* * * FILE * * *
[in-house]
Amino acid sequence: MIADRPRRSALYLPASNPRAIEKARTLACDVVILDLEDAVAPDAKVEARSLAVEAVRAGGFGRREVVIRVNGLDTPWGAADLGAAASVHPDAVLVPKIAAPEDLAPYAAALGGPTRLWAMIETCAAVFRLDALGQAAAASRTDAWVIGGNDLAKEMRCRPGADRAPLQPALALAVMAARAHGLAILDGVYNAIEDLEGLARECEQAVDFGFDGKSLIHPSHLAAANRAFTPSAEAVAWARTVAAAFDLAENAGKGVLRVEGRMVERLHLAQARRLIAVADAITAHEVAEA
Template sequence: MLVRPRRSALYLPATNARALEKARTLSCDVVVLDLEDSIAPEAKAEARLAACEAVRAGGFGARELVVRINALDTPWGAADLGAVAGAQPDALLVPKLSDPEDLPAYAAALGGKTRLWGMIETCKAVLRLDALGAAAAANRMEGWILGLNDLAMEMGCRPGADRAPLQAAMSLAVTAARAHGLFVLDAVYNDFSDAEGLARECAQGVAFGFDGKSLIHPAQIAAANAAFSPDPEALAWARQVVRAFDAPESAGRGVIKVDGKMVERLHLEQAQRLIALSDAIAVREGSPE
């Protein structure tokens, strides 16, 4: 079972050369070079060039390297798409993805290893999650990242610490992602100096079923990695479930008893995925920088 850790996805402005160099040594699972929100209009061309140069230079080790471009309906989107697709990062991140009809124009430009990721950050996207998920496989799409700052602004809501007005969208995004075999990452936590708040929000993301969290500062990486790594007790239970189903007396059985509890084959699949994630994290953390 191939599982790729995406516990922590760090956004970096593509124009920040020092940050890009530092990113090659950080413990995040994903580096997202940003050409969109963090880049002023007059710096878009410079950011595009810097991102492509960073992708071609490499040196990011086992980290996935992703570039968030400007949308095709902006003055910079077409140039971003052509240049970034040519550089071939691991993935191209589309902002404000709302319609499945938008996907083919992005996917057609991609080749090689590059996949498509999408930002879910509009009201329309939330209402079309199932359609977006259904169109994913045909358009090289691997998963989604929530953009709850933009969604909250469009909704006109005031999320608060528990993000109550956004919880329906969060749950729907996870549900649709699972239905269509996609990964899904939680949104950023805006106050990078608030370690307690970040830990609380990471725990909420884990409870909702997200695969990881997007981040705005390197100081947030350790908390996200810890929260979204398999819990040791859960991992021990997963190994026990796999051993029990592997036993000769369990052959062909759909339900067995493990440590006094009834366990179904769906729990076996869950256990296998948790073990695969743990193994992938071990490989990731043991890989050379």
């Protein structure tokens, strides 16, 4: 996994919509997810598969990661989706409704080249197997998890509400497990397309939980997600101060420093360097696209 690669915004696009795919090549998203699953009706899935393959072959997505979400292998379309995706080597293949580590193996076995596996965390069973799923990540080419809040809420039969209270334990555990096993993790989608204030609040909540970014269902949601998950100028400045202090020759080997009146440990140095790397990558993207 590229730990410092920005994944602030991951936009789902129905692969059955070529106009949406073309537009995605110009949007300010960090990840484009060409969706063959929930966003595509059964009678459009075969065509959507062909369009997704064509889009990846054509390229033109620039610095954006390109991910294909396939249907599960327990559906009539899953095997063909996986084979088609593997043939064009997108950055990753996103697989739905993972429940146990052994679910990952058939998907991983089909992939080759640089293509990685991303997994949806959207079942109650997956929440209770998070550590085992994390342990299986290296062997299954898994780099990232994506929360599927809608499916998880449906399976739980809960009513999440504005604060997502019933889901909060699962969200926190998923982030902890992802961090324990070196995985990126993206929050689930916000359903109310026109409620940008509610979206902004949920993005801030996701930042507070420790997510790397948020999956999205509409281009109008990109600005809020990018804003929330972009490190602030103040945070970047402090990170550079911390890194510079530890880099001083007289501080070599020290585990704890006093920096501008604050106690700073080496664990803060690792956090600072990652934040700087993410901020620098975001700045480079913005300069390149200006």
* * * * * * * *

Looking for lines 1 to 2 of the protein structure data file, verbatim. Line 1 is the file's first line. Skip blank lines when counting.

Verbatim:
[in-house]
Amino acid sequence: MIADRPRRSALYLPASNPRAIEKARTLACDVVILDLEDAVAPDAKVEARSLAVEAVRAGGFGRREVVIRVNGLDTPWGAADLGAAASVHPDAVLVPKIAAPEDLAPYAAALGGPTRLWAMIETCAAVFRLDALGQAAAASRTDAWVIGGNDLAKEMRCRPGADRAPLQPALALAVMAARAHGLAILDGVYNAIEDLEGLARECEQAVDFGFDGKSLIHPSHLAAANRAFTPSAEAVAWARTVAAAFDLAENAGKGVLRVEGRMVERLHLAQARRLIAVADAITAHEVAEA